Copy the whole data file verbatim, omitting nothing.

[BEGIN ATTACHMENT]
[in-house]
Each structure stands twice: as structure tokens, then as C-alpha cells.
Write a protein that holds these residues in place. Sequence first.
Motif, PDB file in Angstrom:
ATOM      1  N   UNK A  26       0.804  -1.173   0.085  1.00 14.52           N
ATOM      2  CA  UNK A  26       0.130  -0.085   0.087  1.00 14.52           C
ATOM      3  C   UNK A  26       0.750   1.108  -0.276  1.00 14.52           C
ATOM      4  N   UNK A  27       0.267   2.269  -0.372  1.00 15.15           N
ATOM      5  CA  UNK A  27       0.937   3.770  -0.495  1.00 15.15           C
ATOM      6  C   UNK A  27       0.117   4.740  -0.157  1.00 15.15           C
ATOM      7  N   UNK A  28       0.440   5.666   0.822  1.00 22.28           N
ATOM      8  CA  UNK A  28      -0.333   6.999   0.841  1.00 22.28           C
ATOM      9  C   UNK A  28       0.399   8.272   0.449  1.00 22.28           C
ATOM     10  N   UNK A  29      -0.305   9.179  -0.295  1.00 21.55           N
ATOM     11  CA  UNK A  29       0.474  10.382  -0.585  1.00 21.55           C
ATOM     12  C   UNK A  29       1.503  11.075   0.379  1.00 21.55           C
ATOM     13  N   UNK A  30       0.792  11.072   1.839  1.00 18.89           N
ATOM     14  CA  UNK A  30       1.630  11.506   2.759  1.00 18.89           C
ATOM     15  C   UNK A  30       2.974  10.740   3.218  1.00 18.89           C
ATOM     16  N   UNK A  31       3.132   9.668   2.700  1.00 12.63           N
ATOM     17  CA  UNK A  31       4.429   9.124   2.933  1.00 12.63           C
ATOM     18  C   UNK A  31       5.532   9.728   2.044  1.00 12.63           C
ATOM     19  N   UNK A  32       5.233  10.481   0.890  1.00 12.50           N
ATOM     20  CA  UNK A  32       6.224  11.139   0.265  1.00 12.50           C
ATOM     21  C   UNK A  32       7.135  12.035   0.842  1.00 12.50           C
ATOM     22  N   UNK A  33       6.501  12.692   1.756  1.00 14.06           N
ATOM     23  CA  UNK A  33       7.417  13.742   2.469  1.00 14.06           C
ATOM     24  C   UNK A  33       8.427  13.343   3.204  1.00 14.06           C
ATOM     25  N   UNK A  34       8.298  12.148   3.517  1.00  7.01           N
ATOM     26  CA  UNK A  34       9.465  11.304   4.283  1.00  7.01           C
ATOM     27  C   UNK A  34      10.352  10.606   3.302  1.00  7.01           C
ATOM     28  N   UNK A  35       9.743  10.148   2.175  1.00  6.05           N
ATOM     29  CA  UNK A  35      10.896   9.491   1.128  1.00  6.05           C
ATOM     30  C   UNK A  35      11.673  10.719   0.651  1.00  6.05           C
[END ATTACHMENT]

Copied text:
[in-house]
Each structure stands twice: as structure tokens, then as C-alpha cells.
Write a protein that holds these residues in place. Sequence first.
Motif, PDB file in Angstrom:
ATOM      1  N   UNK A  26       0.804  -1.173   0.085  1.00 14.52           N
ATOM      2  CA  UNK A  26       0.130  -0.085   0.087  1.00 14.52           C
ATOM      3  C   UNK A  26       0.750   1.108  -0.276  1.00 14.52           C
ATOM      4  N   UNK A  27       0.267   2.269  -0.372  1.00 15.15           N
ATOM      5  CA  UNK A  27       0.937   3.770  -0.495  1.00 15.15           C
ATOM      6  C   UNK A  27       0.117   4.740  -0.157  1.00 15.15           C
ATOM      7  N   UNK A  28       0.440   5.666   0.822  1.00 22.28           N
ATOM      8  CA  UNK A  28      -0.333   6.999   0.841  1.00 22.28           C
ATOM      9  C   UNK A  28       0.399   8.272   0.449  1.00 22.28           C
ATOM     10  N   UNK A  29      -0.305   9.179  -0.295  1.00 21.55           N
ATOM     11  CA  UNK A  29       0.474  10.382  -0.585  1.00 21.55           C
ATOM     12  C   UNK A  29       1.503  11.075   0.379  1.00 21.55           C
ATOM     13  N   UNK A  30       0.792  11.072   1.839  1.00 18.89           N
ATOM     14  CA  UNK A  30       1.630  11.506   2.759  1.00 18.89           C
ATOM     15  C   UNK A  30       2.974  10.740   3.218  1.00 18.89           C
ATOM     16  N   UNK A  31       3.132   9.668   2.700  1.00 12.63           N
ATOM     17  CA  UNK A  31       4.429   9.124   2.933  1.00 12.63           C
ATOM     18  C   UNK A  31       5.532   9.728   2.044  1.00 12.63           C
ATOM     19  N   UNK A  32       5.233  10.481   0.890  1.00 12.50           N
ATOM     20  CA  UNK A  32       6.224  11.139   0.265  1.00 12.50           C
ATOM     21  C   UNK A  32       7.135  12.035   0.842  1.00 12.50           C
ATOM     22  N   UNK A  33       6.501  12.692   1.756  1.00 14.06           N
ATOM     23  CA  UNK A  33       7.417  13.742   2.469  1.00 14.06           C
ATOM     24  C   UNK A  33       8.427  13.343   3.204  1.00 14.06           C
ATOM     25  N   UNK A  34       8.298  12.148   3.517  1.00  7.01           N
ATOM     26  CA  UNK A  34       9.465  11.304   4.283  1.00  7.01           C
ATOM     27  C   UNK A  34      10.352  10.606   3.302  1.00  7.01           C
ATOM     28  N   UNK A  35       9.743  10.148   2.175  1.00  6.05           N
ATOM     29  CA  UNK A  35      10.896   9.491   1.128  1.00  6.05           C
ATOM     30  C   UNK A  35      11.673  10.719   0.651  1.00  6.05           C